Steve says they owe it all to UCLA's Dr Juan Alejos, a nationally renowned cardiologist. "Because Lucas became one of Dr Alejo's first patients to undergo combination therapy, he's been at the forefront of testing, and it's made a major difference. The best example I can give is when Lucas was in the fourth grade, he was taking one particular pill four times a day. Lucas took a light board and kept drawing showing when he took the medication, sort of a medical diary. The pill before reading class, another before lunch, another when he felt this way or that. He was creating bell curves, and that gave Doctor Alejos the information he needed to adjust the dosages and timing with great precision.
Steve stops for a minute to let it all sink in. "Basically, Lucas charted a new course for his own treatment, and that's a fourth grader we're talking about. Dr Alejos had an incredible ability to listen and respond. It was amazing."
Since then, Lucas and Dr Alejos have appeared at the Pulmonary Hypertension Association's bi-annual conference, where they gave a speech to nearly 2,000 people about available and new treatments and how to manage the disease. Steve says with characteristic understatement, "I was very proud of Lucas".
(Story continued after YouTube movie below)
“We don’t see limitations. We see a cure. ”One of the aspects of Steve and Marina that make their story so inspiring is their fundamental attitude about life, a framework they clearly passed on to Lucas. “There are a lot of people who have this disease or other debilitating illnesses who say, rightfully so, I can’t do this, I can’t do that,” says Steve.”But we’re very optimistic people. We don’t look at the limitations. Lucas may not play sports, but I was never a sports kind of Dad anyway. I come from the arts, and so does Marina, so we got Lucas involved in painting and drawing, and he’s a fantastic artist.”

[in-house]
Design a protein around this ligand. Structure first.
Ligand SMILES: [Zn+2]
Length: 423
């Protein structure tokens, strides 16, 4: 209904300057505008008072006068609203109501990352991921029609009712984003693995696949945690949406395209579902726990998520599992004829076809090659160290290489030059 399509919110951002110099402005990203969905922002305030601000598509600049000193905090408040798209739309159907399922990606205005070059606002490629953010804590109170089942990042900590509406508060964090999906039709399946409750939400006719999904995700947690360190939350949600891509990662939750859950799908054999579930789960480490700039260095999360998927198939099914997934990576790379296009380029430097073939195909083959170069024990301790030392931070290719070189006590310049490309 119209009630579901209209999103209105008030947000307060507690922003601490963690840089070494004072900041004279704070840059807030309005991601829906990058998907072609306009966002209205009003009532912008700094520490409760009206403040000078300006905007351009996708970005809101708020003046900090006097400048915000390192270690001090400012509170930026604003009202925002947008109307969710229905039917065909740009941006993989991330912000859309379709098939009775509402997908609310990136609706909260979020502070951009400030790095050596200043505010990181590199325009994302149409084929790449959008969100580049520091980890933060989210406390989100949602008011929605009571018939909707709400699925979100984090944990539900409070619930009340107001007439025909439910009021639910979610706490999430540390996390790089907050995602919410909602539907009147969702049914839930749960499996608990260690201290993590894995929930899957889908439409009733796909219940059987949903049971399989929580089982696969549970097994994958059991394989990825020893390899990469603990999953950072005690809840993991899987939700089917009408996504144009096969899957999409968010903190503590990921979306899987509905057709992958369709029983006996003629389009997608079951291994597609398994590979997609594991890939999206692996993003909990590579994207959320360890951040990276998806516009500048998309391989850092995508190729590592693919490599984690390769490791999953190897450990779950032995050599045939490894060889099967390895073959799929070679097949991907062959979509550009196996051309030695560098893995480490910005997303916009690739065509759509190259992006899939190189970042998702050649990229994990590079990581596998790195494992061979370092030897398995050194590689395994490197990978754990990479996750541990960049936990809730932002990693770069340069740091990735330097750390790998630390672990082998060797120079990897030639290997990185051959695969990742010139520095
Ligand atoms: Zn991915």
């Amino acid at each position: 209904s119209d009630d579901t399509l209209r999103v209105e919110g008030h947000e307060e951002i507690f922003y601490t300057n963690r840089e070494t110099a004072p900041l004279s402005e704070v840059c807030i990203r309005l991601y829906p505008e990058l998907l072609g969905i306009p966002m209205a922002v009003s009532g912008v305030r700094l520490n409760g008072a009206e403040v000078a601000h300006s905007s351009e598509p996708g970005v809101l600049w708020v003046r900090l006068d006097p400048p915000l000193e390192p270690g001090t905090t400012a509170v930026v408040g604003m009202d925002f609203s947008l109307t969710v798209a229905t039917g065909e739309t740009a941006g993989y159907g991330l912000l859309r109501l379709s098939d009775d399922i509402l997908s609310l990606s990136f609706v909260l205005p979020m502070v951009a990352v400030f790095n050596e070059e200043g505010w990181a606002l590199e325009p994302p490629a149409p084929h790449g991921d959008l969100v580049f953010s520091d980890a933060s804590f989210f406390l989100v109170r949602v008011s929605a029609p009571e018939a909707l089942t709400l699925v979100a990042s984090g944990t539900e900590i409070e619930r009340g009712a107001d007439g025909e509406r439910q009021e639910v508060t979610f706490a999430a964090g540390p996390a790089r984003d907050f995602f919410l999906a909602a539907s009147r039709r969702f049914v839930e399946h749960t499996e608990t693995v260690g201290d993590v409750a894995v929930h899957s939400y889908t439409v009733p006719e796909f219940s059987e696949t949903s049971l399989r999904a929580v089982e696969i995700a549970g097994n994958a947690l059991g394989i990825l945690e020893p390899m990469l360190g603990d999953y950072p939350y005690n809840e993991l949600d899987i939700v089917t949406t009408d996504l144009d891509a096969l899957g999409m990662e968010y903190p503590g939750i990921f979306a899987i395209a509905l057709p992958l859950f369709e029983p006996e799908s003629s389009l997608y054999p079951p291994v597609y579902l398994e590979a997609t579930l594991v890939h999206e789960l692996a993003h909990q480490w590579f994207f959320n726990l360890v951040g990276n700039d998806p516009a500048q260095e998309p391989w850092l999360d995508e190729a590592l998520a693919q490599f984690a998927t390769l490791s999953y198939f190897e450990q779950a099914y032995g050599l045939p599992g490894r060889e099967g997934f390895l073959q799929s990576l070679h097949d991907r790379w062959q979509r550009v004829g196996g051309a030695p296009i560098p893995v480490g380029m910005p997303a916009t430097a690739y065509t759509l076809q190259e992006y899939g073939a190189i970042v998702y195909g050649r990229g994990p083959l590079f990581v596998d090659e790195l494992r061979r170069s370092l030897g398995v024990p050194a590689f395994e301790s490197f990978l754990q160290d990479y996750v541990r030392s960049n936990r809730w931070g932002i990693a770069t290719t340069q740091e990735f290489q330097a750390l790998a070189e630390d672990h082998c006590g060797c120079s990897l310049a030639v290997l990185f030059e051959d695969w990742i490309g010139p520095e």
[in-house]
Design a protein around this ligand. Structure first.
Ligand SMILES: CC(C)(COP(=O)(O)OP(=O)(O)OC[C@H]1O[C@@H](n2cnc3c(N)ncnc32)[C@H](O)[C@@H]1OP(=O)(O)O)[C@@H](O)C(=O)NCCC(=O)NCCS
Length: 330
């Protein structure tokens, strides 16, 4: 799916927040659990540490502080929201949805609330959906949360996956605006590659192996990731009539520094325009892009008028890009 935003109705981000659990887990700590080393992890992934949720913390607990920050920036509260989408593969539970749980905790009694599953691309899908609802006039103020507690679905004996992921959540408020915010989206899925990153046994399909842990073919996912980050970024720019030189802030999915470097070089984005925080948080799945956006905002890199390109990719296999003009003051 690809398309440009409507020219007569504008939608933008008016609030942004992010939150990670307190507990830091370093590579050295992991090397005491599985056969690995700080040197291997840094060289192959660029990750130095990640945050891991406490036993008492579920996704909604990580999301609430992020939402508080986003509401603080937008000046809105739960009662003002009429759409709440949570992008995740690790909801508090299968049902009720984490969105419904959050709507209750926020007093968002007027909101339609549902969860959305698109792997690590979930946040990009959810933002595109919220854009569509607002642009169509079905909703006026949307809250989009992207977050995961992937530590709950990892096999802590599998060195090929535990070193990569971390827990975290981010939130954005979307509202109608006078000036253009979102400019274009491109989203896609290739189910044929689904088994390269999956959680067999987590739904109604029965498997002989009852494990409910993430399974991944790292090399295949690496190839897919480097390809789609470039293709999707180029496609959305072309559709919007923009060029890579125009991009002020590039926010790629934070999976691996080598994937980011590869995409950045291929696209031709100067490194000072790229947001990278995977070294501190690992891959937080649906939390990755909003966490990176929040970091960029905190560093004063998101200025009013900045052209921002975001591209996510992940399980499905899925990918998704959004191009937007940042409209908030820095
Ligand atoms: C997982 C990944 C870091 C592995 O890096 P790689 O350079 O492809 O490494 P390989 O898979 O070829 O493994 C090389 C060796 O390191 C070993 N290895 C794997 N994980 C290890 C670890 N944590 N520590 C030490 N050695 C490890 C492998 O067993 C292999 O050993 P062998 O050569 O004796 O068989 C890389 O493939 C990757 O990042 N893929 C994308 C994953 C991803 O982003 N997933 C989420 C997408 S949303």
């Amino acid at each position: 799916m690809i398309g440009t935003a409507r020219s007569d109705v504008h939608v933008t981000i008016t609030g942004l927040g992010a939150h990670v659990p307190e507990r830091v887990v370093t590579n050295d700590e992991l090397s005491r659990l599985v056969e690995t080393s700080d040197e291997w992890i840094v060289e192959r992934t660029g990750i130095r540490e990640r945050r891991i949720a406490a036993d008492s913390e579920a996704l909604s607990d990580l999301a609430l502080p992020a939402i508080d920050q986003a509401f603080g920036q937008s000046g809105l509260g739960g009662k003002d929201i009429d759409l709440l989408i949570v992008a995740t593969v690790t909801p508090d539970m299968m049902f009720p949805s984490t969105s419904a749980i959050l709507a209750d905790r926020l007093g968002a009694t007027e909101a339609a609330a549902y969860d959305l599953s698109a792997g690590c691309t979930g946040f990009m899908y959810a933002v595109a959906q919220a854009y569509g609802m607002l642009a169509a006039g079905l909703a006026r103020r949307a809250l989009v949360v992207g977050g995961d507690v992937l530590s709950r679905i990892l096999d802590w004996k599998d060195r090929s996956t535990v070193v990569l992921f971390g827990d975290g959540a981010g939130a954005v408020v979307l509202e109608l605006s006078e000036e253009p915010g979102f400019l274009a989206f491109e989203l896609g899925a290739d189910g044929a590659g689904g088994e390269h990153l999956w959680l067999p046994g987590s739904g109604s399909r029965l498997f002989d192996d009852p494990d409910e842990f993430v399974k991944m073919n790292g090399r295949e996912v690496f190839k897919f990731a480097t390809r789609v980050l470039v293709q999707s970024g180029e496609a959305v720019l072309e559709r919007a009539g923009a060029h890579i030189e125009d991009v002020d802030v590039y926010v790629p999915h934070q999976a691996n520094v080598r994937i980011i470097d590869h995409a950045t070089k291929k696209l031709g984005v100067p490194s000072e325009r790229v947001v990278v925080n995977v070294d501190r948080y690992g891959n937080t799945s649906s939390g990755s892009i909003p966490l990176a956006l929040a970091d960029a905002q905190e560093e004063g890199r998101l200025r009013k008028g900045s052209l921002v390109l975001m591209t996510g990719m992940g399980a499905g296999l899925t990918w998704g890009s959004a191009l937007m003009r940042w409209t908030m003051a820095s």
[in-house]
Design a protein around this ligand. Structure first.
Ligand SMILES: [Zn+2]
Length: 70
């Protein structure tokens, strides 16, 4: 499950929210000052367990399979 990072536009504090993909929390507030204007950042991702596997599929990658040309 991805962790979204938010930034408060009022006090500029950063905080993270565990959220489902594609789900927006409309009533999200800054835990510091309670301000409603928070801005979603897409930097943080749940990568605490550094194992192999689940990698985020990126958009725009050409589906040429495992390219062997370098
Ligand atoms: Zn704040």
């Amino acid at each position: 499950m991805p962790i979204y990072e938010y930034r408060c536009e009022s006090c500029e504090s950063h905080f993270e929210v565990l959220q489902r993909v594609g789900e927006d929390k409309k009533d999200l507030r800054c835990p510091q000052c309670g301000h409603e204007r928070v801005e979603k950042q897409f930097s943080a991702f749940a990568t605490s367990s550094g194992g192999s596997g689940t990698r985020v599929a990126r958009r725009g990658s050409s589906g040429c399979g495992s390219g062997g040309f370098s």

Marina adds, ”We always think forward. What is it going to be like in 2025? What other medicines are they going to have? Are they going to have nanobots that are going to go in there and chew it away? What kind of surgeries, what other kind of alternatives to transplants are there going to be? Steve and I don’t look backwards.”
Today, we’re thrilled to report, Lucas is thriving. Besides being an excellent student, on the side, he has a thriving voiceover career, having done work on Family Guy and the Cartoon Network this year alone.